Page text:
The Man Behind Duke Blue Planet


He’s been to China, Dubai, Hawaii, and everywhere else Duke has been since 2004 but there is a good chance you don’t know who he is.

“Every year its own, every season its own animal. There’s new people, new storylines, new trip. We’re going to New York this year, we went to the Bahamas last year, you know, there’s always something new there.”

Dave Bradley is the man behind Duke Blue Planet, the ultimate online Duke basketball experience. takes you behind the game and into the lives of the players, into practices, into the locker rooms and allows the fans to get to know the players when they aren’t donning their jerseys.

“Quin Snyder started it actually,” Bradley told me, “as a newsletter that went out four times a year. It was something they put together mostly to send out to recruits. I took it over as a student, it was something they asked me to do so I kind of caught a break.”

“They put out an ad in the school newspaper looking for people who knew Photoshop and Pagemaker.  I didn’t know anyone in the program, I didn’t know what I was doing.  I’d done Photoshop a little bit but they gave me a chance and I worked hard at it.”

A lucky break if there ever was one, Bradley has since transformed the newsletter into an all-encompassing media outlet that gives unprecedented access to a collegiate team.  But with few, if any, other teams doing this, why evolve so aggressively?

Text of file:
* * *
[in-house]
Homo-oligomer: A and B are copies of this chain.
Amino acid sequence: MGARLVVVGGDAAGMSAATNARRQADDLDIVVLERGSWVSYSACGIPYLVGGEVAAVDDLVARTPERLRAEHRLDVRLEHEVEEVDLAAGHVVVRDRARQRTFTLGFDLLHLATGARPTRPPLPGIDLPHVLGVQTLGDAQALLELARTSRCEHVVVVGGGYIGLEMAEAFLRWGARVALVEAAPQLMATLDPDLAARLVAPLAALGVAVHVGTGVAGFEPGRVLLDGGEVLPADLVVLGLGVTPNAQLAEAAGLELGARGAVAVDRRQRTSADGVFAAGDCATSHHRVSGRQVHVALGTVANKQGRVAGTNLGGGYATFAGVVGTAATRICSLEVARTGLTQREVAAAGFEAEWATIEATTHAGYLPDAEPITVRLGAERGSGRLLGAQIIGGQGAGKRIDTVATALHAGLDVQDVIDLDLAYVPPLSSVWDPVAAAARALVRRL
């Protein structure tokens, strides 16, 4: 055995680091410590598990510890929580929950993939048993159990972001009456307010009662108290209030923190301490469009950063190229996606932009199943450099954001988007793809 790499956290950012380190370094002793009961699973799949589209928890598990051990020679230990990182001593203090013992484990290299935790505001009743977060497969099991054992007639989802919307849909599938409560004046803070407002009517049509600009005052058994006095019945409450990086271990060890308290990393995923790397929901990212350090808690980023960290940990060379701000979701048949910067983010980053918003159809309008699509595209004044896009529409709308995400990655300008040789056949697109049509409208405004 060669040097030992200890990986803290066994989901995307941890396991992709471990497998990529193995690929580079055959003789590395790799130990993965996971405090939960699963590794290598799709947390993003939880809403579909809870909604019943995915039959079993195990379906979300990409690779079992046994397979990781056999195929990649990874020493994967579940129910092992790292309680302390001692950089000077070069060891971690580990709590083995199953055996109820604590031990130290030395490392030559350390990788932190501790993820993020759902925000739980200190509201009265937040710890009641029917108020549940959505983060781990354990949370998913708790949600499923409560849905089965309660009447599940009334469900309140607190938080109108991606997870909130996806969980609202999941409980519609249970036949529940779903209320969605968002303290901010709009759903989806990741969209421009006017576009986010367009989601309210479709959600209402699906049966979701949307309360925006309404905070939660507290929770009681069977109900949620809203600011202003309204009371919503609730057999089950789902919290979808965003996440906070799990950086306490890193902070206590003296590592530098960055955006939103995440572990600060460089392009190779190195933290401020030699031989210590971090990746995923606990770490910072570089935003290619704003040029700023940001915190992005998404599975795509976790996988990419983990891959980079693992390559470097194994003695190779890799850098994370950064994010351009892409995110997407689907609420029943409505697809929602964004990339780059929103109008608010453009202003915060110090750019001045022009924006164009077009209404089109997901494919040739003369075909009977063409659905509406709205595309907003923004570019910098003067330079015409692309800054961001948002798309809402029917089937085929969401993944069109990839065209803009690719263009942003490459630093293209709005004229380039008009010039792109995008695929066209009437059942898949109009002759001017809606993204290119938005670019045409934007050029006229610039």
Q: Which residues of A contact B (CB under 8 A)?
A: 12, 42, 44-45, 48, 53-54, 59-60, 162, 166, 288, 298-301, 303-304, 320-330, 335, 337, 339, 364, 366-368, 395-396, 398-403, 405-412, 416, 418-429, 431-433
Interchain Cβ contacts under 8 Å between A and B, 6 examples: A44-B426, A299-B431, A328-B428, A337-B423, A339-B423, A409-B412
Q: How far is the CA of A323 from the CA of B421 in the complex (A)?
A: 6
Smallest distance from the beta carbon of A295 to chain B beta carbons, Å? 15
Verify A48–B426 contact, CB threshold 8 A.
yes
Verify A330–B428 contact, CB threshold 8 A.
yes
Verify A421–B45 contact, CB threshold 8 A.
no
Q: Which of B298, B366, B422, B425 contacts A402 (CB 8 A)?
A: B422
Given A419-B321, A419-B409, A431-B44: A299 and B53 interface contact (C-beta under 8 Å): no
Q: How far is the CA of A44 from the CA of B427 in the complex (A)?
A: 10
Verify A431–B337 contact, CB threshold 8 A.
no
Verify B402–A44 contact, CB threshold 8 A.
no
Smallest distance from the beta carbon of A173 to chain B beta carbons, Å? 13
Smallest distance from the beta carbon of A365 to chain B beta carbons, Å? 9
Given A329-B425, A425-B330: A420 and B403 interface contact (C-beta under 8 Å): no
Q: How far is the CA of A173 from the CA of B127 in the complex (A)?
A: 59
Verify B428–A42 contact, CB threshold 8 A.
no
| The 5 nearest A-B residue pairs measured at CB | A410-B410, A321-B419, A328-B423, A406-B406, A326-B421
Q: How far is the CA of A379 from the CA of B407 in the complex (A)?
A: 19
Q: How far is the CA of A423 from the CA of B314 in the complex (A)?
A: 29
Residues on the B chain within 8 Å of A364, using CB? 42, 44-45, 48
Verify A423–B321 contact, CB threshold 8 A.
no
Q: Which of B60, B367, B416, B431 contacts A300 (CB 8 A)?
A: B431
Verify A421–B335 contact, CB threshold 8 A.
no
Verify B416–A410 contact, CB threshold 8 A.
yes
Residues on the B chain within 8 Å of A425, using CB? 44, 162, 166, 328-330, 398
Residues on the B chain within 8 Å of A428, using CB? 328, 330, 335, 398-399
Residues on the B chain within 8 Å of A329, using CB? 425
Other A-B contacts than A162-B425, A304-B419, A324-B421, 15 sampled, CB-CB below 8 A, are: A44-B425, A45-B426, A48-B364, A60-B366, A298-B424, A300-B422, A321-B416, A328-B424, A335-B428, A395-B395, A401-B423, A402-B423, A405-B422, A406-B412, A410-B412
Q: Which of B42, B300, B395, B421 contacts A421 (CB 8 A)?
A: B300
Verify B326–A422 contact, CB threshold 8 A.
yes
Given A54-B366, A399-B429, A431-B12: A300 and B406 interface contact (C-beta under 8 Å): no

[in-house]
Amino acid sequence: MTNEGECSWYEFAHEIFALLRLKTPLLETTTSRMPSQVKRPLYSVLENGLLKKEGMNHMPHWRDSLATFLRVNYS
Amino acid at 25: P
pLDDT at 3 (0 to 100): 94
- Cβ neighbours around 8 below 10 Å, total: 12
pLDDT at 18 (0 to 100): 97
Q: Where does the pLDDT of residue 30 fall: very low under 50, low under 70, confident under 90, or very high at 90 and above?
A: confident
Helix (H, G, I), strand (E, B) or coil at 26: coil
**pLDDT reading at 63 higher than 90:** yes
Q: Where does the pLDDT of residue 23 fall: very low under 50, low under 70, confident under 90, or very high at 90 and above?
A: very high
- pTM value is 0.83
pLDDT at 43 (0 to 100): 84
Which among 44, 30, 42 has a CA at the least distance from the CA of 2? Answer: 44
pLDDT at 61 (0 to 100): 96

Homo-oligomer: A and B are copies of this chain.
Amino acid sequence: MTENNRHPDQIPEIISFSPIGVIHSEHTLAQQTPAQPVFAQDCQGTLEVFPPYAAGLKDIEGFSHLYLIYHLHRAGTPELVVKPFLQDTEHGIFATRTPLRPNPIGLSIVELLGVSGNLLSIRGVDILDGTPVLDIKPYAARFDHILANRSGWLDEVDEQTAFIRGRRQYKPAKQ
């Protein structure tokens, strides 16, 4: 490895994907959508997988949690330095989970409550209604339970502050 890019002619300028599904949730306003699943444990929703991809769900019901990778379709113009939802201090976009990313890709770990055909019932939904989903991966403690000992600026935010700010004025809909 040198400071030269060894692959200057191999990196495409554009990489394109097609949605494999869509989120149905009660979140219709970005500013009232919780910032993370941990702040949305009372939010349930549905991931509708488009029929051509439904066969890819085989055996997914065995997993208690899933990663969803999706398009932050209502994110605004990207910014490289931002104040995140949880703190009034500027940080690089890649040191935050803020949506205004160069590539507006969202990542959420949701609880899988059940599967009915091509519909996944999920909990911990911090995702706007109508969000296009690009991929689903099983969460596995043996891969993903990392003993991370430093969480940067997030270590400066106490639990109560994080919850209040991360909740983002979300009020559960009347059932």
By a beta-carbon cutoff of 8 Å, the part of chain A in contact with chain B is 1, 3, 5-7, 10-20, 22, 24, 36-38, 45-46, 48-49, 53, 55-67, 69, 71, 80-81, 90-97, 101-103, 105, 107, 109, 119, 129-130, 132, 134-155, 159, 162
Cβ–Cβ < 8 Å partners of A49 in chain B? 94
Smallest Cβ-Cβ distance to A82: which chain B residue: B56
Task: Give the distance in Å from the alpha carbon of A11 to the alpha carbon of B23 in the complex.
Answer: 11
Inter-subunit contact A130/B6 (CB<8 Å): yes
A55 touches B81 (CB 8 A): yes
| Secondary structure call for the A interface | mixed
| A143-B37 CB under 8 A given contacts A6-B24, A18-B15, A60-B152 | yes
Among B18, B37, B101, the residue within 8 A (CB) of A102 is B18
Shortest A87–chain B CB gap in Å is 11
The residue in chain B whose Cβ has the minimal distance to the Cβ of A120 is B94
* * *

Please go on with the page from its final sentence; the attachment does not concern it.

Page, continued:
“We had the magazine and made it a little bit better, tried to grow it, took it to full color and after that, it was the 07 season and we lost to VCU.”

Duke fans would be lucky to forget Eric Maynor’s dagger in the first round of the NCAA tournament that put the 2007 team out of its misery.  It was the nadir of a Duke era that saw more criticism than ever.

“There was a lot of negativity out there, there’s always the haters but that year was really bad.  So Coach K had everyone in a room that was on the staff.  There was more of an intensity to it.  After the 07 season, and after Lehigh, you saw a different Coach K like things were going to change, there was no question.  So one of the things he said was ‘We do this Blue Planet really well, how can we get our story out there to more people?’  That was sort of the genesis of it.”

Since then, the Duke brand has tried to evolve and represent more than what the stereotypes and the haters would have you think.

“I think Duke has an image I’ve tried to help with Duke Blue Planet but Duke has this image of being really serious, really intimidating, you see Coach K on TV and he looks really intense.  That’s the biggest negative recruiting against us; that class is just so strenuous, you’re not going to have as much fun here, and that’s not really the case.  We do have fun, we win, and you try to show that personality.  We’re not some corporate machine, there are great personalities here, great kids, and you want people to see that.”

Of course, who would know the pulse of the fanbase better than someone who has experienced all the highs and lows of Duke basketball as one of us?

“One of the best parts of the job is, growing up a huge Duke fan and tenting in Kville, I want to reach those people.  I get excited about the same things. I’m a fan just the same.  When you go on social media and you see people are excited about it, that makes me want to go out and do more videos, see what people think, and hear more great ideas; all that is just great.”

Now, the rare quality of Bradley’s job is that he is given the freedom and creative control to bring that Duke brand to the fans and gauge their thoughts.  However, he did point out that cultivating the brand isn’t the best part of the job.

“People always think, you work for Duke basketball, like that’s the sexy job, but the best thing about it is the type of people.  Obviously Coach K attracts great people to the program, so working for him is cool and actually getting to know him and you get to know the players, it’s a family.”